With sensitive case vignettes, the theoretical chapters demonstrate the value of each theory in helping the clinician to understand what the patient is up against. However, chapters vary in the extent to which they integrate cultural issues into case vignettes. Chapters 2 and 3, about Freud’s drive and structural theories, don’t provide enough information about how each theory does and does not lend itself to use in cross-cultural psychotherapy. It is not until Chapter 4, “Ego Psychology,” when Gerald Shamess finally offers concrete examples of taking culture into account when applying the theory. He points out that assessing clients’ ego functioning is highly dependent on cultural norms of what is socially appropriate. For example, when assessing a client’s ability to modulate affect, one must be aware that the individual is expected to monitor and express affect according to “established social norms” (p. 75). Widely varying cultural norms regarding emotional expressiveness during grief is a case in point.
The authors comment that colleagues “more interested in teaching about external realities and oppression would tell us that what we said about race, class, gender, and culture was always ‘just tacked on at the end’” (p. 9). While they recognize this as a critique of Inside Out and Outside In, they nevertheless hope that their sociocultural emphasis does indeed add something traditionally lacking in psychodynamic writing. The theory section ends with separate chapters “tacked on” that address psychoanalytic perspectives on race and racism, and the psychology of women, respectively. The advantage of having these chapters separate may be that these issues can be addressed in a focused, in-depth way. For example, in her chapter on race and culture, Lourdes Mattai highlights the ways that each of the targeted psychodynamic theories both help and hinder understanding the interplay of race, culture and individual psychology. In one such analysis, she explains how self psychology can elucidate the impact of living in a racist society. Based on race, members of some groups have much greater “opportunities for self-enhancing self-object experience...(Clinicians) must ask how the larger society contributes to or interferes with opportunities for growth-producing mirroring or idealization” (Donner, quoted on p. 233).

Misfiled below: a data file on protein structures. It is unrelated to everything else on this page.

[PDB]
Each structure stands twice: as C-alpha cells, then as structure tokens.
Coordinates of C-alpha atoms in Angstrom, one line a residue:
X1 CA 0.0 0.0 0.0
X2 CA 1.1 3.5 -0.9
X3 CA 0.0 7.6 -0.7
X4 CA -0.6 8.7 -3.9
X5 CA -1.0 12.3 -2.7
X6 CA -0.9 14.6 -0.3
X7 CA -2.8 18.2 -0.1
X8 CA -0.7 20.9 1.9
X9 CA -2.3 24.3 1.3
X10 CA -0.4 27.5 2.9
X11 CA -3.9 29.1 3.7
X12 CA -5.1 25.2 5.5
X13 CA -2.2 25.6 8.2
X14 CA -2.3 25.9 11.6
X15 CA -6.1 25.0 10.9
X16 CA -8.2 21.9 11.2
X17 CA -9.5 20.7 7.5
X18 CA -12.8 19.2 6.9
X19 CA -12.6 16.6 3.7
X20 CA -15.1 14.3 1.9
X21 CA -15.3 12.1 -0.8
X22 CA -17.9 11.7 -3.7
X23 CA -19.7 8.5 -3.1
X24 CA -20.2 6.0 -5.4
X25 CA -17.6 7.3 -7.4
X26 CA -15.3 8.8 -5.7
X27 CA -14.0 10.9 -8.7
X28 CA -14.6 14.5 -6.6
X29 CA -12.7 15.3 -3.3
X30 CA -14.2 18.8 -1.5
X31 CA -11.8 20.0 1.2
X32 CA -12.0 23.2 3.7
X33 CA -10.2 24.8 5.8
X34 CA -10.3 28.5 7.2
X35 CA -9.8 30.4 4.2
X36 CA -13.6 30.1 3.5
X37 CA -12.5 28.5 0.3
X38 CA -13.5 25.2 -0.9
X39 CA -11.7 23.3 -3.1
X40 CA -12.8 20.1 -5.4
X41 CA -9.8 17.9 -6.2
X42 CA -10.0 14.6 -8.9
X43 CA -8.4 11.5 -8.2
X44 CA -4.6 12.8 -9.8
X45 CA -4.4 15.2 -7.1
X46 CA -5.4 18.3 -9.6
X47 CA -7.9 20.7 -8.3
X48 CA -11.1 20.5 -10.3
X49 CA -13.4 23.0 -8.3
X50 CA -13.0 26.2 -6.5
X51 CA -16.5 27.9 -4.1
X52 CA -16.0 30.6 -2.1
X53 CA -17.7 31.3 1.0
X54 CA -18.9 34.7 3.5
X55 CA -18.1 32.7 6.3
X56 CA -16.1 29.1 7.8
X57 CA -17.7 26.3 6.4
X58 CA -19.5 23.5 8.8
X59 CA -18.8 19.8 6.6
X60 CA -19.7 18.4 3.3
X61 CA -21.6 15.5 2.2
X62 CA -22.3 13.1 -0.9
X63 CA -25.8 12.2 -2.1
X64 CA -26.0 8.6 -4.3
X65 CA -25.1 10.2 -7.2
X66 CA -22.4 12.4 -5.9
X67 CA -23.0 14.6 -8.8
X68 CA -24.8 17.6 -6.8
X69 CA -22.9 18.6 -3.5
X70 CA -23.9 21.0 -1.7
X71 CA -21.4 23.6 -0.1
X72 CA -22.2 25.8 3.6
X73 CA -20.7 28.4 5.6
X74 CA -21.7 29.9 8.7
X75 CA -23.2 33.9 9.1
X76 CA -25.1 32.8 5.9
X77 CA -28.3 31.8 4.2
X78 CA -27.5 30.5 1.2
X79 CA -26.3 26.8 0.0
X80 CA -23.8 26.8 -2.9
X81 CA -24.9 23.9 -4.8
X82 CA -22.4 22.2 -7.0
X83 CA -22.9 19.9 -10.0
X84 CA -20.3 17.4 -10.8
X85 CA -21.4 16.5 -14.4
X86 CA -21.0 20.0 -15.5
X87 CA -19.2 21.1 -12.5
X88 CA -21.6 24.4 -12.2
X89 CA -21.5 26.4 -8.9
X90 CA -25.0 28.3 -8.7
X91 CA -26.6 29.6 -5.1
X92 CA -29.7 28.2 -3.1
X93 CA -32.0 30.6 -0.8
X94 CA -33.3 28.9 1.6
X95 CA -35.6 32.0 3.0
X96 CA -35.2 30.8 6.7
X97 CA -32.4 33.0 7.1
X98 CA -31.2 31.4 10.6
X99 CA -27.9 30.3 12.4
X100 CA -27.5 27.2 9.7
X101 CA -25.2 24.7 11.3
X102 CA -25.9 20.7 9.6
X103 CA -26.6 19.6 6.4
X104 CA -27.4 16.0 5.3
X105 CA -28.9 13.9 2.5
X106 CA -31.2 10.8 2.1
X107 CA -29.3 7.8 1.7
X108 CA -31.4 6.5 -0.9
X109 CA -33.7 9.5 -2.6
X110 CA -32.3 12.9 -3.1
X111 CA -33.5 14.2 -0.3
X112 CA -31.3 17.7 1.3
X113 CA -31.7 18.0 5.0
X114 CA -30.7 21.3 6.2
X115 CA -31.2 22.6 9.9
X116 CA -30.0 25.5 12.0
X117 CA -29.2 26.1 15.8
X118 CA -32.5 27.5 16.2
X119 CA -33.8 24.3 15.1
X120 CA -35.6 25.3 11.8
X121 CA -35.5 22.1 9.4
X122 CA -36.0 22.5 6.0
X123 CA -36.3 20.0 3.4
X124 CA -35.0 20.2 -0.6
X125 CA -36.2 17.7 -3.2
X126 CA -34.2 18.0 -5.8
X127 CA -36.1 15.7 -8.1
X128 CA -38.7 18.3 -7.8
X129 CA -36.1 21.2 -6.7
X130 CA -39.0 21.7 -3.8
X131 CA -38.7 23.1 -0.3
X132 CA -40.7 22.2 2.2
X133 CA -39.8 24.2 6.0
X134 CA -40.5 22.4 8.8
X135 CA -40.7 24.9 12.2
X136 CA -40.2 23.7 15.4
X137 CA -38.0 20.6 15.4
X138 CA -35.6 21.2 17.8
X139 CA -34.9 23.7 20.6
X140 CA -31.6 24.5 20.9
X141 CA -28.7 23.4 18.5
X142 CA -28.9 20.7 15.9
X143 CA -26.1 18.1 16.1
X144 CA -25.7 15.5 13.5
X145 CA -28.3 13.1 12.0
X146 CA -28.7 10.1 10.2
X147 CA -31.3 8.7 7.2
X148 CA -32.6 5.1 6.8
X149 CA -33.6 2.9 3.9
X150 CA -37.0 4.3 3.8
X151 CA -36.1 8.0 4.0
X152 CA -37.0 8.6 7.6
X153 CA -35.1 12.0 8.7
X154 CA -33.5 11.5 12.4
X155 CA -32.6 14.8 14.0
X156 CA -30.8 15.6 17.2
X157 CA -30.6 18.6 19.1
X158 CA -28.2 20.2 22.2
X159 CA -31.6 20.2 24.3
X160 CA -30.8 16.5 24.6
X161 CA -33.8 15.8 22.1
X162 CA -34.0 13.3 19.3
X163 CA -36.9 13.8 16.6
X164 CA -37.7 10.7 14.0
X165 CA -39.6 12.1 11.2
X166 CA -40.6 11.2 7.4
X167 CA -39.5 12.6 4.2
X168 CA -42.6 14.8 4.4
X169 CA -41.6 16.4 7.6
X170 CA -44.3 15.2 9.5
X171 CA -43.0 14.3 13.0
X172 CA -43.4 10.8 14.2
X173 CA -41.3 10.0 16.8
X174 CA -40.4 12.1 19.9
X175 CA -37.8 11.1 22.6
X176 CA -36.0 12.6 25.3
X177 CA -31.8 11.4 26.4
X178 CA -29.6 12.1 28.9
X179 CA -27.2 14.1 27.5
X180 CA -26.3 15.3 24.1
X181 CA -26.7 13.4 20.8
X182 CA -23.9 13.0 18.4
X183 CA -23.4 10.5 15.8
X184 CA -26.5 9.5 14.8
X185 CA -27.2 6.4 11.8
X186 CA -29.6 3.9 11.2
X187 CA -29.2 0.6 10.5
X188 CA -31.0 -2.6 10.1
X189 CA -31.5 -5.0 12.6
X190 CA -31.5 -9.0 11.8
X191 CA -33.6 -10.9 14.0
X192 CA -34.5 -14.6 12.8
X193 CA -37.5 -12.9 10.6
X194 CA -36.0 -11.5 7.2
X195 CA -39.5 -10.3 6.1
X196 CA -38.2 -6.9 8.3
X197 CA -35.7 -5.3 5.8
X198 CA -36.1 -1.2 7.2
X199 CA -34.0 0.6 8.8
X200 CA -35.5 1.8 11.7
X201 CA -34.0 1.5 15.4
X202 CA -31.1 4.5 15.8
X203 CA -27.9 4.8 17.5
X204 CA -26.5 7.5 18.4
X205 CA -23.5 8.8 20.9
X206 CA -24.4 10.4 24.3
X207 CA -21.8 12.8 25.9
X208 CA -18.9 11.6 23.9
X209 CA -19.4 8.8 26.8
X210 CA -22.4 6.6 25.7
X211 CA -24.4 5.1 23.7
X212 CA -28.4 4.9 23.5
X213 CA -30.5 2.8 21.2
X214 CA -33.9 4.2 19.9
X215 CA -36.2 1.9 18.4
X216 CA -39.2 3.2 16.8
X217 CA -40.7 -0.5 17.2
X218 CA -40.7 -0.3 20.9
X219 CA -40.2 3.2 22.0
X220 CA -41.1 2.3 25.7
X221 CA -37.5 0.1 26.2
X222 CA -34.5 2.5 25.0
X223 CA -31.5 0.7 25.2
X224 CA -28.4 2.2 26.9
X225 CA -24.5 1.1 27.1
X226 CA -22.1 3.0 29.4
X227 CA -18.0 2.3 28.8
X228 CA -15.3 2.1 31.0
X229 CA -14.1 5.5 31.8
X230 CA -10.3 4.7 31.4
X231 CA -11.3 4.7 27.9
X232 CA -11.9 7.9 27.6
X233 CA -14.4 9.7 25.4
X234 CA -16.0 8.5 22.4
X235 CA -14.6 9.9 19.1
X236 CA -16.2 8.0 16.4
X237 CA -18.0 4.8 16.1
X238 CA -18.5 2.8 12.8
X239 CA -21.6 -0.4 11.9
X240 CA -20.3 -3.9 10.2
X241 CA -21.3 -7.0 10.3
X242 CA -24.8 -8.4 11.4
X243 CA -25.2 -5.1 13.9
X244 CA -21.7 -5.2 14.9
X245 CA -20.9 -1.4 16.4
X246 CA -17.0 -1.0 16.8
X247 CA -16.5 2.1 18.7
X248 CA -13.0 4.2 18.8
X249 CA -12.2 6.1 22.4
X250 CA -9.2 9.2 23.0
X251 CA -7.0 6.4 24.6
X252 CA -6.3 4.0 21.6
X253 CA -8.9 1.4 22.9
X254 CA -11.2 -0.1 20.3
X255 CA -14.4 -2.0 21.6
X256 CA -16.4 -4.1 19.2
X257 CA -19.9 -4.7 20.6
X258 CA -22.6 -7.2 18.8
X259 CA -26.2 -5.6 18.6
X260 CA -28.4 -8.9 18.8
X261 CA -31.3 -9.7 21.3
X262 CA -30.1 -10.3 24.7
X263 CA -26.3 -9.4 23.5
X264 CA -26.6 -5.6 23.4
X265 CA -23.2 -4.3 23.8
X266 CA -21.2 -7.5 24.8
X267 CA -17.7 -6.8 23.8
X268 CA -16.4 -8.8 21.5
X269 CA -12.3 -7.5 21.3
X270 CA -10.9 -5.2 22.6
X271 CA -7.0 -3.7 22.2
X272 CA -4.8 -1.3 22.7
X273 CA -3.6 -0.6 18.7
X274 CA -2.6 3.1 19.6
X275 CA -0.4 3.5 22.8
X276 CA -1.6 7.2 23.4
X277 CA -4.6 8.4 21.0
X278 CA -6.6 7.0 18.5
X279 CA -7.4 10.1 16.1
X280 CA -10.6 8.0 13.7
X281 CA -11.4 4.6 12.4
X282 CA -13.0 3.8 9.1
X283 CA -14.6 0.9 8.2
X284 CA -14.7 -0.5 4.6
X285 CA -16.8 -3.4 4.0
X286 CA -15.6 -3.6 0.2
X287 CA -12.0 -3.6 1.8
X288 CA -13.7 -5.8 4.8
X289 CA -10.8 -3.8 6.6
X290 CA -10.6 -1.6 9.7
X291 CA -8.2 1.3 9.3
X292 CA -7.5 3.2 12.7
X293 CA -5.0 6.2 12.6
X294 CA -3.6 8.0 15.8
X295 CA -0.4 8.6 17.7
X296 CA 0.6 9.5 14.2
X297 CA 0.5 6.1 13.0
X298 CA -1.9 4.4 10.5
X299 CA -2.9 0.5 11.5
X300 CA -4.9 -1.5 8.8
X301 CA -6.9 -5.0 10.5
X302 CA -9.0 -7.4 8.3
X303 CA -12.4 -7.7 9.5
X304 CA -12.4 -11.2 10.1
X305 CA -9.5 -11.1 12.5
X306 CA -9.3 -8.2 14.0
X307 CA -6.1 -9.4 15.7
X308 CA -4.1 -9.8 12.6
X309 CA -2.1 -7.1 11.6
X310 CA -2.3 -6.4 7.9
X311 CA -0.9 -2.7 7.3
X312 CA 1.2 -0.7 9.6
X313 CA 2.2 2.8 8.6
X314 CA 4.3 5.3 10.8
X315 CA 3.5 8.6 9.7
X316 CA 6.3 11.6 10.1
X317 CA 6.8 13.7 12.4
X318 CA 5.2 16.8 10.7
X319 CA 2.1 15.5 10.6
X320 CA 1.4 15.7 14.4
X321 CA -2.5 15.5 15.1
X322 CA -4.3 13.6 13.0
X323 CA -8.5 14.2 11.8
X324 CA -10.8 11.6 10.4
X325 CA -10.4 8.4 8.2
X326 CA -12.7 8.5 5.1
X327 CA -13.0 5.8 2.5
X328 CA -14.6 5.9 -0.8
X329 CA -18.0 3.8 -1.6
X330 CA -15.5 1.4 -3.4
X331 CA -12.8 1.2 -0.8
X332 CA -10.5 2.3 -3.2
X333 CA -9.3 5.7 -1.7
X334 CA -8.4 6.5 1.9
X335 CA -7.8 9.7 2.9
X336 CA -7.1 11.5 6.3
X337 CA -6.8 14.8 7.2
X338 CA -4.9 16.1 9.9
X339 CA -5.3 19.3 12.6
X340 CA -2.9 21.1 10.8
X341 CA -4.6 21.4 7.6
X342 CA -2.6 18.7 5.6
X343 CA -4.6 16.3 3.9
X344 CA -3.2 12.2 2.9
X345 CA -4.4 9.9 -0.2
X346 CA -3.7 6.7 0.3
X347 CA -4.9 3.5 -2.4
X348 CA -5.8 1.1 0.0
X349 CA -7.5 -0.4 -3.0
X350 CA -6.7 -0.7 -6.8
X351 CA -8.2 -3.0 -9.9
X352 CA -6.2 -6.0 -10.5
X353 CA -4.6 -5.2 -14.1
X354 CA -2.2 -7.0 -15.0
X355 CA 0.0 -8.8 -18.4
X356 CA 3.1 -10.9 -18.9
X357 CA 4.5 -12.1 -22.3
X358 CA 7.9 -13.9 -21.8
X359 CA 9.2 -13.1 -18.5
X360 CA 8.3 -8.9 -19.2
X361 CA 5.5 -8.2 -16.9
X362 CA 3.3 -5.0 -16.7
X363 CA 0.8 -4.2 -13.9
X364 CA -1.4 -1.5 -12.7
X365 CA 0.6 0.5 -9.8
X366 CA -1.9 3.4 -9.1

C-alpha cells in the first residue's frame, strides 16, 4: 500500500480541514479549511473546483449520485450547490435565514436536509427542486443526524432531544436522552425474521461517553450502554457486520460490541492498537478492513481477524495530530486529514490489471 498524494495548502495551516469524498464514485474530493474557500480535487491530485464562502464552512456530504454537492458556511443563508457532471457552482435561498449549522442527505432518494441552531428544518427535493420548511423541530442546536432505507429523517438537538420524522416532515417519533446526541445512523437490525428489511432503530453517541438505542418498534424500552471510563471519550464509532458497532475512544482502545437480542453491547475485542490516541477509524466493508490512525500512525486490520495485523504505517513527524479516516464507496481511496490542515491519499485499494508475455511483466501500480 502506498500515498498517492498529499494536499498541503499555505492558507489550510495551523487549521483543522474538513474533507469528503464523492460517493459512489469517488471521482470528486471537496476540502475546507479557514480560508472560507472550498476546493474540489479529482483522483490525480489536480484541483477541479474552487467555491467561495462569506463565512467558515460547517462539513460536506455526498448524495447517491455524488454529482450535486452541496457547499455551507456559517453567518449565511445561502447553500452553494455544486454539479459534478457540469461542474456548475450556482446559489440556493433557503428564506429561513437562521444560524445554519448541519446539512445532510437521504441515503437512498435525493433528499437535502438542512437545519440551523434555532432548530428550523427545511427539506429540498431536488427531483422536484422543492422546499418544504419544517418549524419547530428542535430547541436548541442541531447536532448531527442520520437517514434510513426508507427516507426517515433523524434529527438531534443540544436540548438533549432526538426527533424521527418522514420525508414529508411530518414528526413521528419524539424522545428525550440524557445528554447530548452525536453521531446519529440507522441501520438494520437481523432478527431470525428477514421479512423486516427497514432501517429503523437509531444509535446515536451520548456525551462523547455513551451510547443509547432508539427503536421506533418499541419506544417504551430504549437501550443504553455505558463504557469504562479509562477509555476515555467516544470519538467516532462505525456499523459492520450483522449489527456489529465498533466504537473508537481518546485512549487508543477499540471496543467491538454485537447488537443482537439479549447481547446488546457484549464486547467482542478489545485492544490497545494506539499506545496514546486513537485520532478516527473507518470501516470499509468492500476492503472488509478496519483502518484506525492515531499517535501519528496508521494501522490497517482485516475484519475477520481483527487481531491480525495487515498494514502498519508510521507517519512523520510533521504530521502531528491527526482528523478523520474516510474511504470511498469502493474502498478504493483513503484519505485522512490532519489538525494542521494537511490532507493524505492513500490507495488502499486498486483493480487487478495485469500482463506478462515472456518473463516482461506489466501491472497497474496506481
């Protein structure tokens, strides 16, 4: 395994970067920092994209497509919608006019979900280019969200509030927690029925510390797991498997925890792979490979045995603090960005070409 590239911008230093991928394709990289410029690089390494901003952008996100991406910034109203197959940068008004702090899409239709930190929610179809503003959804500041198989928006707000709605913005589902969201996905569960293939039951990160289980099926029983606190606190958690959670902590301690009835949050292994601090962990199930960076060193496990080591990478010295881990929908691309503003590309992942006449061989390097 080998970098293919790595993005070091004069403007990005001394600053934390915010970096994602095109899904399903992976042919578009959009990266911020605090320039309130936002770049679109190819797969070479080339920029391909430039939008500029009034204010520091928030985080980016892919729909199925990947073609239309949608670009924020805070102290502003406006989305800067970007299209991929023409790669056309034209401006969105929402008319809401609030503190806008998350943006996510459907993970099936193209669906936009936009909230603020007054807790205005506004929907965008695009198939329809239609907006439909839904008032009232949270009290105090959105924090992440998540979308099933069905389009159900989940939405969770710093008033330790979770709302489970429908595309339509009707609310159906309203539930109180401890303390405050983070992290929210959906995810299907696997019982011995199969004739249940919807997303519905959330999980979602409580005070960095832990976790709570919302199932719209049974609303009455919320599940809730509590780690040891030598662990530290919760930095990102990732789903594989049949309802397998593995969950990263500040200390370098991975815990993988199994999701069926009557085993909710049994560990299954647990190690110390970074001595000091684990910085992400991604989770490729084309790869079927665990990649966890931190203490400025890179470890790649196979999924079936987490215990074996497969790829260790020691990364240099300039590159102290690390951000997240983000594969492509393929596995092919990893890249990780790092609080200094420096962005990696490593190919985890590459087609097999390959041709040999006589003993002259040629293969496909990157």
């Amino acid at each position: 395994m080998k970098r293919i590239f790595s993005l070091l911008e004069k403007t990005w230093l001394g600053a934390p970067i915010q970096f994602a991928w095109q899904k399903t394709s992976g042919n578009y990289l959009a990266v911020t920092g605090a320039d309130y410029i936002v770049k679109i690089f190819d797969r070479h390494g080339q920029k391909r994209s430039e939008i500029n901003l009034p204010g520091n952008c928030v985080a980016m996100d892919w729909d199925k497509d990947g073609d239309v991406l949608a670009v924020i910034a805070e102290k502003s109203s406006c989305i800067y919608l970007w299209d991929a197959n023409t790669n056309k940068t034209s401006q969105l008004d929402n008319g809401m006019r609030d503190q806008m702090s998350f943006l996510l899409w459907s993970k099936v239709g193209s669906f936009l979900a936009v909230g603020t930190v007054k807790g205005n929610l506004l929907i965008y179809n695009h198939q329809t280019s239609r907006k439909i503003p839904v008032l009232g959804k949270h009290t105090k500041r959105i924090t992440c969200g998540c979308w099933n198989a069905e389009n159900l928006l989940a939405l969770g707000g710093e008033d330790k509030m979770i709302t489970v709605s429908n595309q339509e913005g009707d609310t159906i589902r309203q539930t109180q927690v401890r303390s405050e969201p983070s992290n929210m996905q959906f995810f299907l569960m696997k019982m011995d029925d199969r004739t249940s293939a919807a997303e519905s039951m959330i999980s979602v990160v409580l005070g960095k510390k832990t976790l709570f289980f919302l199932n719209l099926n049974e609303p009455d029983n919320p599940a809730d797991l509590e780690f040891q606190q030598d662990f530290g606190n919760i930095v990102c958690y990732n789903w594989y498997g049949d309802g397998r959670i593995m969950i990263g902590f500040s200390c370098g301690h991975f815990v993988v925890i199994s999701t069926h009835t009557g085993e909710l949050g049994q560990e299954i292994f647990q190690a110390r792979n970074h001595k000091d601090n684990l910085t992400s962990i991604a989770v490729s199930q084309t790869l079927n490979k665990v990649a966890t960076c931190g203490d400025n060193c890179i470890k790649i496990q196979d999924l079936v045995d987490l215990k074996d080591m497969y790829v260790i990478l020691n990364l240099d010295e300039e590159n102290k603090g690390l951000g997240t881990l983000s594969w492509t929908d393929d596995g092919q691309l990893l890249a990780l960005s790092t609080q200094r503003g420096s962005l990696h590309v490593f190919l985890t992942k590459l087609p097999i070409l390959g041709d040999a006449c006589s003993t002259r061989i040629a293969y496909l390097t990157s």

The latter part of the book describes psychodynamic formulations of major types of psychopathology, integrating dynamic formulations with biological and social contributions to clinical presentations. Categories of psychopathology are discussed in separate chapters on psychoses and schizophrenia, borderline and narcissistic personality disorders, other personality disorders, biopsychosocial aspects of depression, and anxiety.
Inside Out and Outside In is strongest in helping the reader learn to conceptualize psychotherapy cases psychodynamically, integrating social, cultural, and biological factors into the formulation. If these are your learning goals, this book is an excellent choice
Mary Ellen Griffin is in private practice in Sylva, North Carolina, and teaches part-time at Western Carolina University